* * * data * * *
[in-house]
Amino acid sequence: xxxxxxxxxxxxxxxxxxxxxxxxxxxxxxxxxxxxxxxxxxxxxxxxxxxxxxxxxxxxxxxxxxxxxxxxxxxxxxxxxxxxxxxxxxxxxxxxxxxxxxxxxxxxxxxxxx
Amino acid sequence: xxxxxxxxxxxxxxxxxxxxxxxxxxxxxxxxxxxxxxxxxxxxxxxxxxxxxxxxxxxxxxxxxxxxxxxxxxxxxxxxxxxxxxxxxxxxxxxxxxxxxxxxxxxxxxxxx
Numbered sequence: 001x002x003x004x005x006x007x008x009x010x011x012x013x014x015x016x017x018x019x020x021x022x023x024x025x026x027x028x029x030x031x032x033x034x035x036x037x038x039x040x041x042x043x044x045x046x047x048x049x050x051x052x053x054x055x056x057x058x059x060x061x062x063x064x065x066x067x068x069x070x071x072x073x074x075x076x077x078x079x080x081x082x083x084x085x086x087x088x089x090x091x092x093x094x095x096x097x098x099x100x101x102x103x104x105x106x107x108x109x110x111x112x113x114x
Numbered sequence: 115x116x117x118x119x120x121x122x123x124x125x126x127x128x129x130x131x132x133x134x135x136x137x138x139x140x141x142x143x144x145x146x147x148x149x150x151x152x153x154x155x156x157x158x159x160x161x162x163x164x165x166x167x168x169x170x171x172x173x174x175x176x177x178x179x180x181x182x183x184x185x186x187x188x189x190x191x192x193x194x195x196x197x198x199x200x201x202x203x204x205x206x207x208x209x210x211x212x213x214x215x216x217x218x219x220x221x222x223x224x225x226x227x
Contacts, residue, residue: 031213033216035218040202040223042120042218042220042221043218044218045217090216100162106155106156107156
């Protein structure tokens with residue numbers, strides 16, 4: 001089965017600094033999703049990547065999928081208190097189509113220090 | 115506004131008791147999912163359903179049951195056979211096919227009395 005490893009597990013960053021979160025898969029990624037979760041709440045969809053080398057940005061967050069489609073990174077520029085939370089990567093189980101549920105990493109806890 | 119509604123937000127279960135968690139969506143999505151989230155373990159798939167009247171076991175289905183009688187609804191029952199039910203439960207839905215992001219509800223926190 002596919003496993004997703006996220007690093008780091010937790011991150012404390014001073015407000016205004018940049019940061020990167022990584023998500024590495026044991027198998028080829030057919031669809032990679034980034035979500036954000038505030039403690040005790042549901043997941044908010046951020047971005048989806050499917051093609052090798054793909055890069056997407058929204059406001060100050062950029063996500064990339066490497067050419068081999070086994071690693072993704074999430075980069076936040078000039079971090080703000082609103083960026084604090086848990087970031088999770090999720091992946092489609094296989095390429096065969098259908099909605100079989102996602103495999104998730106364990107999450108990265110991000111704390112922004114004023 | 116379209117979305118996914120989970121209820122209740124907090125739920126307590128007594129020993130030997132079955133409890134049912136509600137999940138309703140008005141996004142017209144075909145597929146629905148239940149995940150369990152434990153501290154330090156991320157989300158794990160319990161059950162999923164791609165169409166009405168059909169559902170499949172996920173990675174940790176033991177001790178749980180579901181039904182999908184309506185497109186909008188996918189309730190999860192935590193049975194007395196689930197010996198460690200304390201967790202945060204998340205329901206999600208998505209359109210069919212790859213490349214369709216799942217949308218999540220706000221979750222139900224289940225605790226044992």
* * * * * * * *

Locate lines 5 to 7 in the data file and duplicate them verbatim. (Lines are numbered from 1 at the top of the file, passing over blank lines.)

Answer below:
Numbered sequence: 115x116x117x118x119x120x121x122x123x124x125x126x127x128x129x130x131x132x133x134x135x136x137x138x139x140x141x142x143x144x145x146x147x148x149x150x151x152x153x154x155x156x157x158x159x160x161x162x163x164x165x166x167x168x169x170x171x172x173x174x175x176x177x178x179x180x181x182x183x184x185x186x187x188x189x190x191x192x193x194x195x196x197x198x199x200x201x202x203x204x205x206x207x208x209x210x211x212x213x214x215x216x217x218x219x220x221x222x223x224x225x226x227x
Contacts, residue, residue: 031213033216035218040202040223042120042218042220042221043218044218045217090216100162106155106156107156
């Protein structure tokens with residue numbers, strides 16, 4: 001089965017600094033999703049990547065999928081208190097189509113220090 | 115506004131008791147999912163359903179049951195056979211096919227009395 005490893009597990013960053021979160025898969029990624037979760041709440045969809053080398057940005061967050069489609073990174077520029085939370089990567093189980101549920105990493109806890 | 119509604123937000127279960135968690139969506143999505151989230155373990159798939167009247171076991175289905183009688187609804191029952199039910203439960207839905215992001219509800223926190 002596919003496993004997703006996220007690093008780091010937790011991150012404390014001073015407000016205004018940049019940061020990167022990584023998500024590495026044991027198998028080829030057919031669809032990679034980034035979500036954000038505030039403690040005790042549901043997941044908010046951020047971005048989806050499917051093609052090798054793909055890069056997407058929204059406001060100050062950029063996500064990339066490497067050419068081999070086994071690693072993704074999430075980069076936040078000039079971090080703000082609103083960026084604090086848990087970031088999770090999720091992946092489609094296989095390429096065969098259908099909605100079989102996602103495999104998730106364990107999450108990265110991000111704390112922004114004023 | 116379209117979305118996914120989970121209820122209740124907090125739920126307590128007594129020993130030997132079955133409890134049912136509600137999940138309703140008005141996004142017209144075909145597929146629905148239940149995940150369990152434990153501290154330090156991320157989300158794990160319990161059950162999923164791609165169409166009405168059909169559902170499949172996920173990675174940790176033991177001790178749980180579901181039904182999908184309506185497109186909008188996918189309730190999860192935590193049975194007395196689930197010996198460690200304390201967790202945060204998340205329901206999600208998505209359109210069919212790859213490349214369709216799942217949308218999540220706000221979750222139900224289940225605790226044992």